Tucked into Turkey's westernmost tip, the Turquoise Coast - an evocative but accurate metaphor - stretches along the Aegean Sea. From Dalaman on the banks of the Dalyan River to Antalya's eastern shores, the coastline is scattered with enchanting villages, pristine beaches and aquamarine bays.
Two thousand years ago this slice of mountain-meets-water was the autonomous state of Lycia. Alexander the Great and the Roman empire both set their sights - and armies - upon the land. Today the area is full of ancient coastal paths, sunken harbours and ruins to rival any found in Athens or Rome.
Friends in Istanbul advised my husband and I to kick off our travels in Bodrum. This port city, the Turquoise Coast's northern gateway, is one of Turkey's hottest escapes. It has expanded steadily since the 1970s with new beachside restaurants and all-night discos. Yet the town also has vine-covered alleys and French-style courtyard cafes. It also hosts the remains of the Mausoleum of Mausolus, one of the Seven Wonders of the Ancient World.
Between the town's two half-moon bays sits the 15th-century Bodrum Castle, home to the Museum of Underwater Archaeology. An afternoon spent in its shady gardens and teashop makes clear how local history is interwoven with the surrounding sea. Thick walkways along the castle ramparts offer views over Bodrum.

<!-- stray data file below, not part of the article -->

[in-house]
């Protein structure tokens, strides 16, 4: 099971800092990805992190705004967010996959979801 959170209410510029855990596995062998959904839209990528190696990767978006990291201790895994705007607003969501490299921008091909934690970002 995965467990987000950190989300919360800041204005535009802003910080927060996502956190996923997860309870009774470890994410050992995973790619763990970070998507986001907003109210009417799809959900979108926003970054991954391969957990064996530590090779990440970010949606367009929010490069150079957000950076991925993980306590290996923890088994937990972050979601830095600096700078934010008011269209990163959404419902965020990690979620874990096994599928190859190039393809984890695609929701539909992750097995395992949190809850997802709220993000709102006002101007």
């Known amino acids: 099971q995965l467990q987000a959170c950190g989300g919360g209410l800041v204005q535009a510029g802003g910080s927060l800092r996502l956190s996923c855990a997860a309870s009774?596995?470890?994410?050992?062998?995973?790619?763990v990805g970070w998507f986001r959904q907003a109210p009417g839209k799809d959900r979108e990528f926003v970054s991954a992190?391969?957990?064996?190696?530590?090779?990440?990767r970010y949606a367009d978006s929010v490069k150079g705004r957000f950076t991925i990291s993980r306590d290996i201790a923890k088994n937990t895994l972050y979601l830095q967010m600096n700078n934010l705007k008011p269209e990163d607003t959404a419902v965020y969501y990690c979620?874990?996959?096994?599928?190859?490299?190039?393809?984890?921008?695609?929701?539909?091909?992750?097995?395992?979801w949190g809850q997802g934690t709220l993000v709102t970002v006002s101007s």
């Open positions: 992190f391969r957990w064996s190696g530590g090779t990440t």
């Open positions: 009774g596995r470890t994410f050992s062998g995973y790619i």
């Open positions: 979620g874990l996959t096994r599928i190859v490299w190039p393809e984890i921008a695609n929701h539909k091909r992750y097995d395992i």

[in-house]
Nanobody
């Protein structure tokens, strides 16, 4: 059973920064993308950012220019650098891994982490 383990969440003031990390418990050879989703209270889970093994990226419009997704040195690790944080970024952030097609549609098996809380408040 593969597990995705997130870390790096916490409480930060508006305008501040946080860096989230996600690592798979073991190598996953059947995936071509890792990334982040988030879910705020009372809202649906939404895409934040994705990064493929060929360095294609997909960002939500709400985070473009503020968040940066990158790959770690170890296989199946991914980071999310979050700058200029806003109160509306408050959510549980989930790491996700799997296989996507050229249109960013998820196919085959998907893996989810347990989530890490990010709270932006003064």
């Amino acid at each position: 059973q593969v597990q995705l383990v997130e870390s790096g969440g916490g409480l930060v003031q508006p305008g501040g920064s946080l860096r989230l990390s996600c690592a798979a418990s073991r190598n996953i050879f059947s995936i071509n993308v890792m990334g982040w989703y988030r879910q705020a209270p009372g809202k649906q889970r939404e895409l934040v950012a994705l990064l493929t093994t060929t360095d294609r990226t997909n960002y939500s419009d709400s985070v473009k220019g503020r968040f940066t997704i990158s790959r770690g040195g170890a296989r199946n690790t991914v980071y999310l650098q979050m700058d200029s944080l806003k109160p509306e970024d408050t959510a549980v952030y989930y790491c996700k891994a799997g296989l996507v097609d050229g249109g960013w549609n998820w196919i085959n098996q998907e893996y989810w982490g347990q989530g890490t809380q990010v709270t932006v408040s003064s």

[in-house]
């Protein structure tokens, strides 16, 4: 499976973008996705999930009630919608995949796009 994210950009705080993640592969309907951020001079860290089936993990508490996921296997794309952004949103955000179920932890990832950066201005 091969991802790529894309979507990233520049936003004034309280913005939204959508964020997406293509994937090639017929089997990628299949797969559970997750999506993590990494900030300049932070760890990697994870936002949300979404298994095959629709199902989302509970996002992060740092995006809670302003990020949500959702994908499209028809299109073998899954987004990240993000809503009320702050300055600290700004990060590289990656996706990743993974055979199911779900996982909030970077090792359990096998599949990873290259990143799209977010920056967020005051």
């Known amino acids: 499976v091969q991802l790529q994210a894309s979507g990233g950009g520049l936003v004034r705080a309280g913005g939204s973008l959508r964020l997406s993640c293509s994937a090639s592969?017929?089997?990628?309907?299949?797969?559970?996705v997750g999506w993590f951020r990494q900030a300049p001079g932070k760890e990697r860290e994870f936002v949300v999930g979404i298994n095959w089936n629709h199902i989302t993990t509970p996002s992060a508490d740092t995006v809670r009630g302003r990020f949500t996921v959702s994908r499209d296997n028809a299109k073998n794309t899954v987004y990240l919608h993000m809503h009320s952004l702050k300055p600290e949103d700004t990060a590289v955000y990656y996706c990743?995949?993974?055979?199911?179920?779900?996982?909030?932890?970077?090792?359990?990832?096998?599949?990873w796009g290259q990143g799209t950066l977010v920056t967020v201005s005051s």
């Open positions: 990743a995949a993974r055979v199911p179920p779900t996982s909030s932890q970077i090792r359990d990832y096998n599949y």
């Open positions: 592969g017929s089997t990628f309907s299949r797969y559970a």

Following in the wake of many visitors over the millennia, we sail into Bodrum's inviting waters. Our voyage is aboard one of the town's popular day-long gulet cruises, in the traditional wooden boats that bob along the coastline. An afternoon of splashing around and lying on plush sun loungers, with a lunch of barbecued sea bream, is an idyllic - and practical - way to see the area's secluded inlets and bubbling thermal springs.
The following morning we explore the coast using another open-air option. For a few dollars we hire a zippy 50cc scooter and set out circumnavigating the Bodrum Peninsula, home to more than 150 stretches of sand. It's quickly apparent that all visitors - history buffs, nature lovers, penny-pinchers or celebrity obsessed - are catered for here. In the sleepy seaside village of Gumusluk, we snorkel over submerged Roman mosaics, then sit in the sun sipping tulip-shaped glasses of strong Turkish tea.
Off the peninsula's pine-shaded roads, we join local road workers lunching on gozleme, savoury pastries stuffed with potatoes, spinach and feta-like cheese, at an open-air kiosk under the trees. And at Turkbuku, nicknamed Turkey's St-Tropez, it's impossible not to ogle the continuous parade of affluent residents strutting along the resort's waterfront; little surprise a 60-hectare Mandarin Oriental is due to open here next year.
Having had our fill of the crowds, we decide to make a beeline for the remote Datca Peninsula. This barely inhabited spit of land stretches out for 80 kilometres into sea just south of Bodrum. Daily ferries connect Bodrum and Datca during the summer months, allowing passengers to savour the salty sea air, as well as the views over some of Turkey's most unspoiled shores. Millennia-old archaeological sites paired with areas of outstanding beauty mean that construction all along the Turquoise Coast - and particularly on untouched Datca - is severely restricted. The area remains a land of wild walks, almond orchards, yoga retreats and citrus groves.
Datca town, the main settlement, makes a convivial base. Its natural beauty and laissez-faire spirit is akin to the French Riviera 30 years ago. Blessed with two arc-shaped, sandy beaches, its shores are littered with lively bars and seafood restaurants, ideal for a couple of days of relaxation. But it's the Greek ruins of Knidos that are next on our itinerary.